Mares Flexa 8-6-5

Wetsuits and drysuits

Having done most of my diving in warm water I arrived in Cape Town armed with a 5 millimetre thick one piece wetsuit and a shorty to go over that, also in 5mm. This wetsuit had served me well and had done well over 700 dives. Being a custom-made suit it fits like a glove. The hoodie is attached to the shorty. I wanted it like that as I find a hood attached to the wetsuit makes my head feel spring loaded, and when turning your head it always feels like it wants to spring back.

It now has now done its time, has a few leaky holes and is fast becoming scruffy, as this photo Clare took on a dive we did on the BOS 400 demonstrates.

Glue on my knees in the Atlantic
Glue on my knees in the Atlantic

Neoprene also breaks down eventually, it becomes waterlogged and looses its density and insulation properties. It now feels like a 3mm wetsuit and I get cold.

So what next, a new wetsuit, or a dry suit? (Or both?!)

Drysuits

The idea of a drysuit is very appealing, aptly named, it keeps you dry and you could go for a dive dressed in your Sunday best. The right thing to wear under a drysuit is an undergarment designed for the job.

The drysuit undergarment
The drysuit undergarment

These garments are most often fleece-lined and keep you warm.

Inside the drysuit undergarment
Inside the drysuit undergarment

Neoprene or silicone rubber neck and wrist seals ensure no water enters the suit in these places and the boots are attached and part of the suit. A large watertight zipper opening allows you to step into the suit.

Full drysuit
Full drysuit

Drysuits have a few more tricks, an inflator on the chest (most often) allows you to trim your buoyancy by putting air into the suit. This also prevents the suit from squeezing you at depth.

Drysuit showing neck seal and air vents
Drysuit showing neck seal and air vents

An adjustable deflate button, sometimes several, allow you to vent air or, set correctly, will vent automatically. An extra hose is required for your first stage and a good idea is to do a course on drysuit diving before you head off to the ocean. Most drysuit suppliers will give you an orientation dive with the purchase.

We dived in the Atlantic the first time I tried a drysuit in Cape Town, a windy day with a long boat ride, 6 degrees celcius on the bottom and I was warm as toast.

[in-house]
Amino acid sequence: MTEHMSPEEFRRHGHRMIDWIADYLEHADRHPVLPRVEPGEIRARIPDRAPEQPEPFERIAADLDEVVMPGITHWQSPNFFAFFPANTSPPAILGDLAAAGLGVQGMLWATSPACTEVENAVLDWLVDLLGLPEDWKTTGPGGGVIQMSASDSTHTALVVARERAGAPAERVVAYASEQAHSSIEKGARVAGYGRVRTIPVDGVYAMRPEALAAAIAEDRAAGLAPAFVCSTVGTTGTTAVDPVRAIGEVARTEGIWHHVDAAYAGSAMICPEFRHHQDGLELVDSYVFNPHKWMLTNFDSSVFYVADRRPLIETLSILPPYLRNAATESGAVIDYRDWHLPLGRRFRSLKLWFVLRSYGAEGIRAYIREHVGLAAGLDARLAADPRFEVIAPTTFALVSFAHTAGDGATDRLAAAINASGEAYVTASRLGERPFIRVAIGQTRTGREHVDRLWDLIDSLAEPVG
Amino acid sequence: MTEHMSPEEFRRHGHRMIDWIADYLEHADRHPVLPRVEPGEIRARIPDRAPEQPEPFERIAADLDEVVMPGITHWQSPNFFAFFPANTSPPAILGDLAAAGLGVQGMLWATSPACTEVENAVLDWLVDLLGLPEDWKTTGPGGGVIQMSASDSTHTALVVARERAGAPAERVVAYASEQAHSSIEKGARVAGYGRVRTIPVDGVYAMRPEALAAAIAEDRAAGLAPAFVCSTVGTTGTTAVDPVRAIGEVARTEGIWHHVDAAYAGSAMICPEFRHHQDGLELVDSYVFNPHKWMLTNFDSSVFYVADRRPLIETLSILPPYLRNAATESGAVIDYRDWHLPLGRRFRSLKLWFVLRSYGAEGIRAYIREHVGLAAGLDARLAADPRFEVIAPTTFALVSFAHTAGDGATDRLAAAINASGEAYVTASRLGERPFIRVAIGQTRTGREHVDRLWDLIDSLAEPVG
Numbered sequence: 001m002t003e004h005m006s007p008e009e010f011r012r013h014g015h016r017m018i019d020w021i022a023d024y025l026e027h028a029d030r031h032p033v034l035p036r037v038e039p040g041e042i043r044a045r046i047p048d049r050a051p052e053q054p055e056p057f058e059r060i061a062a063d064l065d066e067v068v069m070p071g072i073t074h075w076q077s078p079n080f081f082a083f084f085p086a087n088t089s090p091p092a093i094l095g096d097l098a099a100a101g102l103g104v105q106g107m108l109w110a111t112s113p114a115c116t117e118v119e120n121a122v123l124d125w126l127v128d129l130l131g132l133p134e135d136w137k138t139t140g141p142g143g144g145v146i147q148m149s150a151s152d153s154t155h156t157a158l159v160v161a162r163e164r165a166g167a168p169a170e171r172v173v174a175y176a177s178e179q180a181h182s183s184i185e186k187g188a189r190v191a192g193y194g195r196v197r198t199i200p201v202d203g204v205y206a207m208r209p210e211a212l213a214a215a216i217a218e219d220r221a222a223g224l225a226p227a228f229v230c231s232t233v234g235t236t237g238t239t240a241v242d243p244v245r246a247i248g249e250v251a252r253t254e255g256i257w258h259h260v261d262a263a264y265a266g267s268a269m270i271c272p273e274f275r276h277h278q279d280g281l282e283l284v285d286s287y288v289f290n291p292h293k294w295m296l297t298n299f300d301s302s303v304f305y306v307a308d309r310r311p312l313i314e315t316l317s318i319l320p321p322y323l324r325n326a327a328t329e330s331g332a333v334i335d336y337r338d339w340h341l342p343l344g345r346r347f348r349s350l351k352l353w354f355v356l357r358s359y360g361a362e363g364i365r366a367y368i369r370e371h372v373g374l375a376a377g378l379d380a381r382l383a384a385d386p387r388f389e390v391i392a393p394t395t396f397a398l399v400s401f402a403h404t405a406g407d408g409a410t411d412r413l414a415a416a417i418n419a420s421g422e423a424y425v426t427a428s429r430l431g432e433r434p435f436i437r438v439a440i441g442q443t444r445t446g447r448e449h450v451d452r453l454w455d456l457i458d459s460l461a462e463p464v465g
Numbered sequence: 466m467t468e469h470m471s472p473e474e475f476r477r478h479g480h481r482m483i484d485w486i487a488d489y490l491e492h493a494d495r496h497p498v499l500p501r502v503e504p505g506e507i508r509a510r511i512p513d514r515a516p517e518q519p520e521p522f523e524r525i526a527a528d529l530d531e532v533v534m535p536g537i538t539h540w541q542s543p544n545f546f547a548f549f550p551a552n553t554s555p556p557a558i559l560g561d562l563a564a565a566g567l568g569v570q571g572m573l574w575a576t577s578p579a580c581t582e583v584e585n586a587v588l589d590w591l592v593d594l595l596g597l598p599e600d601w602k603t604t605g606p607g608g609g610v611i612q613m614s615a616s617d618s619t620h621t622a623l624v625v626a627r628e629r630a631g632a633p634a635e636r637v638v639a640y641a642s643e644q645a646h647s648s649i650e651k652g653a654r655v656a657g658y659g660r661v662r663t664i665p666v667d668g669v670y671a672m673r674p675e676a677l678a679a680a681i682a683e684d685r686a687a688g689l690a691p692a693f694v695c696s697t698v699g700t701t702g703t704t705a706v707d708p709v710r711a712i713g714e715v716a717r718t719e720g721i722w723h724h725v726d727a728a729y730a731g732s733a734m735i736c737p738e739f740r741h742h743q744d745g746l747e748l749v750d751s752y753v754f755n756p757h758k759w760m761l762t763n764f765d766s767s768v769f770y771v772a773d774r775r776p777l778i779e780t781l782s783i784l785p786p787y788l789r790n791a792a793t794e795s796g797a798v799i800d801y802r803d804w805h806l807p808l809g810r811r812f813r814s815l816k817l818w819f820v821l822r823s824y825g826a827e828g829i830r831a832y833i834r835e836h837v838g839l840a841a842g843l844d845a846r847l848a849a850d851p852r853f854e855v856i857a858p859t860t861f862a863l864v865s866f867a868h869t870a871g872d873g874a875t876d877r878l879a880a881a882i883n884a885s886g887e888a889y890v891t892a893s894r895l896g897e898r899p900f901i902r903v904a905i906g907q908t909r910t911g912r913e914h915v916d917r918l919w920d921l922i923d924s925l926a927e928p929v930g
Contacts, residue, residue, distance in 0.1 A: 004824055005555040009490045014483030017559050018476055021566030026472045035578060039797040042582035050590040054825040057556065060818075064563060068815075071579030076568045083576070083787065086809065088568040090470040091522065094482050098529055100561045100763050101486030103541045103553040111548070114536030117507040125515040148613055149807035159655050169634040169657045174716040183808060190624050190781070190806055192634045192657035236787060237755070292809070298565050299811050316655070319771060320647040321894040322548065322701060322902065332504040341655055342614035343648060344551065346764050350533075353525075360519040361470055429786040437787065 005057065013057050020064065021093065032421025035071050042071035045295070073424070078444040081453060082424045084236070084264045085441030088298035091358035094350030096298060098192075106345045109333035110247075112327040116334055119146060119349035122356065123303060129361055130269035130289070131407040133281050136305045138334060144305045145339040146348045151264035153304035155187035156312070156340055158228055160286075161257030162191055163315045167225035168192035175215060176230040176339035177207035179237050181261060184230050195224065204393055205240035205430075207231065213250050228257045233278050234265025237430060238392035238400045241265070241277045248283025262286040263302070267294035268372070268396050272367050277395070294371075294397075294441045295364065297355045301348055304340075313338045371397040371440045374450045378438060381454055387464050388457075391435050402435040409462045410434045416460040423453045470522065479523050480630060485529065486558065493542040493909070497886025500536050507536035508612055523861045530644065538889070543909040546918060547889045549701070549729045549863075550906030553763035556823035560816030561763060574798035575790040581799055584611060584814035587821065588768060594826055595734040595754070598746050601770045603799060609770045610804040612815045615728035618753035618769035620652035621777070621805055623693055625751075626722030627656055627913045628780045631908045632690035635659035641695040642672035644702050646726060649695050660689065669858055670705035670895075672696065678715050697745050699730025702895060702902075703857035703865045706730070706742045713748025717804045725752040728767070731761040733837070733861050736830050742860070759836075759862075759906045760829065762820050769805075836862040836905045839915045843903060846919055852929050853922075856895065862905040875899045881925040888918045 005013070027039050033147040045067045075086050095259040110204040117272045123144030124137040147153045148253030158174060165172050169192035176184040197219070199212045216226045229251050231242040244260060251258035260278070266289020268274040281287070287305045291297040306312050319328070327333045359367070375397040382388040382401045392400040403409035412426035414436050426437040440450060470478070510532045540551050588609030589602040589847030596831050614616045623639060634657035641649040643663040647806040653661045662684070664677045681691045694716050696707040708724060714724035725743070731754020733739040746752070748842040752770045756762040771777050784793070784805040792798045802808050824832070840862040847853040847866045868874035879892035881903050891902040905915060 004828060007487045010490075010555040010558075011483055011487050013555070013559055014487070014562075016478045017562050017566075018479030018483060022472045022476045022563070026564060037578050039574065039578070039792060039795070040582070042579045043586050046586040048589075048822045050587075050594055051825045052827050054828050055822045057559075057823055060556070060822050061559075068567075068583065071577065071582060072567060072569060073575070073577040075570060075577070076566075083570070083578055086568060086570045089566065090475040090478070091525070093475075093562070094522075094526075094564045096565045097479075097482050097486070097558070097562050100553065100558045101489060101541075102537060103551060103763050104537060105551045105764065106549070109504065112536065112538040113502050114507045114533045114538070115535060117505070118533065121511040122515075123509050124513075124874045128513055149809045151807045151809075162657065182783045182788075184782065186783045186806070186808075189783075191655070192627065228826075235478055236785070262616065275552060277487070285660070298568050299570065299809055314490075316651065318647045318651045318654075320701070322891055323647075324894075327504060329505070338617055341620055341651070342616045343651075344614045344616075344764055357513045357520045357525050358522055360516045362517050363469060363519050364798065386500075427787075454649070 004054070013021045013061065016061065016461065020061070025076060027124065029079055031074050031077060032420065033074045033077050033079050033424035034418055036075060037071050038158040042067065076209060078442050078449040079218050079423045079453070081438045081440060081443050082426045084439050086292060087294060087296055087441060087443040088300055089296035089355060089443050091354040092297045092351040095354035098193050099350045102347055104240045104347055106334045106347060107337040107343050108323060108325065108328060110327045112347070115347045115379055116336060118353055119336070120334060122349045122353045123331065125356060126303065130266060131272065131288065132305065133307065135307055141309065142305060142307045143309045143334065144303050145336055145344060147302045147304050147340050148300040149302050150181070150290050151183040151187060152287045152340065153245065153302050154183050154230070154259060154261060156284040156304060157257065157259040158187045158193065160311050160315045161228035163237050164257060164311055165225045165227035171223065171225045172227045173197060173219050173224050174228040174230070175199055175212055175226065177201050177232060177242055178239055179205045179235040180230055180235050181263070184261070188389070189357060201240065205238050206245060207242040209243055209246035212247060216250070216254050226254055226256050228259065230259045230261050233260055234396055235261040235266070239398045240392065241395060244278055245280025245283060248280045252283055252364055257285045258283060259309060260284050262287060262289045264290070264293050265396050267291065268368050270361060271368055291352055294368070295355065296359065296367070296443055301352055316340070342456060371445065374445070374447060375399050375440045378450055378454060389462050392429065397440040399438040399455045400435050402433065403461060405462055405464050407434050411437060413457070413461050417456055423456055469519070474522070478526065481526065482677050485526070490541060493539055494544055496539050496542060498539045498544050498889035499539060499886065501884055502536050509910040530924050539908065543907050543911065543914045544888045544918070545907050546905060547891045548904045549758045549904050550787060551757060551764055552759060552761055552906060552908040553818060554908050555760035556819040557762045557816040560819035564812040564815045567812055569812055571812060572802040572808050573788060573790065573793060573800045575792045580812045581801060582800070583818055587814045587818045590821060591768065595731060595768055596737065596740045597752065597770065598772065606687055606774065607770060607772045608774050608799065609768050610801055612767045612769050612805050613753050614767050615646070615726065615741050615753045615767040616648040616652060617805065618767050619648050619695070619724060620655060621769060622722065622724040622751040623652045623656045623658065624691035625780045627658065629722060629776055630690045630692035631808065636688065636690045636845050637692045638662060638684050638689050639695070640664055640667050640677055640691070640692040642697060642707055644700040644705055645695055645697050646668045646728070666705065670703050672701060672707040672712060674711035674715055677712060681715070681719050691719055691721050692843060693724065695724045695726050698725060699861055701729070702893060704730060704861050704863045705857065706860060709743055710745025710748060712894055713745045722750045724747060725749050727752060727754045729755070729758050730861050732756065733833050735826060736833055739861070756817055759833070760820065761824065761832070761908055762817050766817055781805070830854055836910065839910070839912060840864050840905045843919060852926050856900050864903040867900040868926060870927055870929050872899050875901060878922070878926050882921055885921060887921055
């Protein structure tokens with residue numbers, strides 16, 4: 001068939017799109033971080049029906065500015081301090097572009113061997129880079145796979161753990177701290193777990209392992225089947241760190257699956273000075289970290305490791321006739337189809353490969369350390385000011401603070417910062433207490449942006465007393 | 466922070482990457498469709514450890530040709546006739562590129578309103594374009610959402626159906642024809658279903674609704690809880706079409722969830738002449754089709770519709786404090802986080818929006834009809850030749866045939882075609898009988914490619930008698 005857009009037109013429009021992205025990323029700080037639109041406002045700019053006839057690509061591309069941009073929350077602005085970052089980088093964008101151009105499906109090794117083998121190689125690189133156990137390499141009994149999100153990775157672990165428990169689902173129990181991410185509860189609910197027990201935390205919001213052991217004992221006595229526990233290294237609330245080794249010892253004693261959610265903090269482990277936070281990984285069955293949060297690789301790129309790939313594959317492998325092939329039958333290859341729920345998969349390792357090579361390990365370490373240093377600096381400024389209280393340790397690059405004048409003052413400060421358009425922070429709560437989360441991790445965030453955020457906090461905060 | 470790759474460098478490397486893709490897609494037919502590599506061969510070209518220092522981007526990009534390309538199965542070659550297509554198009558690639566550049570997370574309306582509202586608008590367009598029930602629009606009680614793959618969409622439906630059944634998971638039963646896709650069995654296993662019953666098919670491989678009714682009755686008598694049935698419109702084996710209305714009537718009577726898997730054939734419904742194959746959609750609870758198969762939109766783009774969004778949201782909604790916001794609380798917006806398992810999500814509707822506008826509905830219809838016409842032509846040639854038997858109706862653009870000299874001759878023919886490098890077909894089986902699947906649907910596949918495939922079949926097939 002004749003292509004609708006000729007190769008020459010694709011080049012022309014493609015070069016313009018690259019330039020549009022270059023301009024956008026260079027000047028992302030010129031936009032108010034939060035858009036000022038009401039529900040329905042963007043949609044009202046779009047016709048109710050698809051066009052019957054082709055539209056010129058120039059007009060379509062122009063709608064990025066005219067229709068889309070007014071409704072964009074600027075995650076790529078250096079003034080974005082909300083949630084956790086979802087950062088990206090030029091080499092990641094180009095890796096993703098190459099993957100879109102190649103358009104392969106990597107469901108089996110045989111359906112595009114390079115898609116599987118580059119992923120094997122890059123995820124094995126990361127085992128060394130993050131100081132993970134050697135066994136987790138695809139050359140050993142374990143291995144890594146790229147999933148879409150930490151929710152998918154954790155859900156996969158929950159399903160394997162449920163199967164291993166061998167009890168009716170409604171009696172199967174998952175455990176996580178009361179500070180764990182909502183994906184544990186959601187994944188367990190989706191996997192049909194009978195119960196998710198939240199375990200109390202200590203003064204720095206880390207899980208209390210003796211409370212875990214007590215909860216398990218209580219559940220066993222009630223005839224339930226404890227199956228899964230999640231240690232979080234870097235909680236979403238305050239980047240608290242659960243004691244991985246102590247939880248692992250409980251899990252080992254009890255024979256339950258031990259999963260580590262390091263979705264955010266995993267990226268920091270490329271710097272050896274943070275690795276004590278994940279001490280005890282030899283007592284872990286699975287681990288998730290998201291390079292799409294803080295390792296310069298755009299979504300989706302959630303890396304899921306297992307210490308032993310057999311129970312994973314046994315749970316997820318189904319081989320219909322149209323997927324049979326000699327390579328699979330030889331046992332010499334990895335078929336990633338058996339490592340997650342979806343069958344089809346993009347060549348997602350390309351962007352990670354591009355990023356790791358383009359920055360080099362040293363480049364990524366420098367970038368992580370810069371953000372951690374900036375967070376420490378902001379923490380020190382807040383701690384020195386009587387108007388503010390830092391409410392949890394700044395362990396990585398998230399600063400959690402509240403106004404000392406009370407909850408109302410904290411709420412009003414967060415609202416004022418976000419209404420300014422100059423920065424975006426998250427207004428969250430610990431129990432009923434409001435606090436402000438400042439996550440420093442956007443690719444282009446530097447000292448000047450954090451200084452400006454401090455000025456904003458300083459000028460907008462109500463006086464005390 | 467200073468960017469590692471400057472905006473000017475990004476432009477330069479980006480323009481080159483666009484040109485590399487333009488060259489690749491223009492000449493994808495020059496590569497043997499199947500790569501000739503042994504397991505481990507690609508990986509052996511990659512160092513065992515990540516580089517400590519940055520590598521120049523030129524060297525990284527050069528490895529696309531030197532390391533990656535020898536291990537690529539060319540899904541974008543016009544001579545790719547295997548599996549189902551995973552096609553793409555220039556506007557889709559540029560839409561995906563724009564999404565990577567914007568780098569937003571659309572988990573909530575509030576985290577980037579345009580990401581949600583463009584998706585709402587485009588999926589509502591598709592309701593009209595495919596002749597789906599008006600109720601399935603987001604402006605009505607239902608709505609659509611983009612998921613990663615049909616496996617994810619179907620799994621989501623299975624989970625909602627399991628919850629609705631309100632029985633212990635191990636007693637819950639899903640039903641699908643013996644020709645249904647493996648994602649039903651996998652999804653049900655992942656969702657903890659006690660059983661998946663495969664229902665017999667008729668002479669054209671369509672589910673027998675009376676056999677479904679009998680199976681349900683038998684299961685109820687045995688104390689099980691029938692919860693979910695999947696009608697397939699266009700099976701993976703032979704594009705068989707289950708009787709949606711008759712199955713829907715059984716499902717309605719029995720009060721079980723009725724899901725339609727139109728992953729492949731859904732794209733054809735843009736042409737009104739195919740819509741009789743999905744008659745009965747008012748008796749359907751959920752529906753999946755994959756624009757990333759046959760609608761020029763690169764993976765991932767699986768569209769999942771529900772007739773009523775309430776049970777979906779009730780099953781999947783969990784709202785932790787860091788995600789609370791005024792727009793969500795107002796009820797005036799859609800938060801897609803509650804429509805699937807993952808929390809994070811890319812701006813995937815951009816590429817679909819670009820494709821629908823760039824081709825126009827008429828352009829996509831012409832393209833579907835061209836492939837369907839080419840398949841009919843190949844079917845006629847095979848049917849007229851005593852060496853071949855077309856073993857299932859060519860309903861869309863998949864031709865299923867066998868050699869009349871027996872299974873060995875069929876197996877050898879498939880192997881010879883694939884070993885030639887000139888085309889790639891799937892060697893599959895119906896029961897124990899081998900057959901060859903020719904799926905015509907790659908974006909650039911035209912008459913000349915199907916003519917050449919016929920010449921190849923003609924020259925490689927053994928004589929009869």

Drysuit diving in the Atlantic
Drysuit diving in the Atlantic

Wetsuits

A decent wetsuit is also very good at keeping you warm and does not have the added buoyancy concerns of drysuits, nor does a small leak turn your dive into a freezing disaster.

Mares Flexa 8-6-5
Mares Flexa 8-6-5

Mares, a brand of dive gear, exceptional quality, not the cheapest, but most definitely one of the best, make this wetsuit. Called a Flexa 8-6-5 it has 8mm on the torso and on the upper legs and arms, 6mm on all the body joints, so your knees and elbows bend easily, and 5 mm on the rest. It has a built in back pad that give you extra padding where your BCD back plate sits against your body and very snug neck, wrist and ankle seals. I do like the front zip, but I don’t like the stiff velcro attachment on the neck and may have this removed.

Mares Flexa 8-6-5 showing neck seal
Mares Flexa 8-6-5 showing neck seal

The water on the first day I tested the suit was 14 degrees celcius and I did two dives back to back, spending just under an hour and a half in the water, without feeling cold at all. The subsequent dives I have done in it have been a pleasure.

Mares Flexa 8-6-5
Mares Flexa 8-6-5

I know there are a lot of very good wetsuits available and both Reef and Coral will custom make a suit perfectly, but personally I rate this suit as one of the best.

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Tony

Scuba diver, teacher, gadget man, racing driver, boat skipper, photographer, and collector of stray animals

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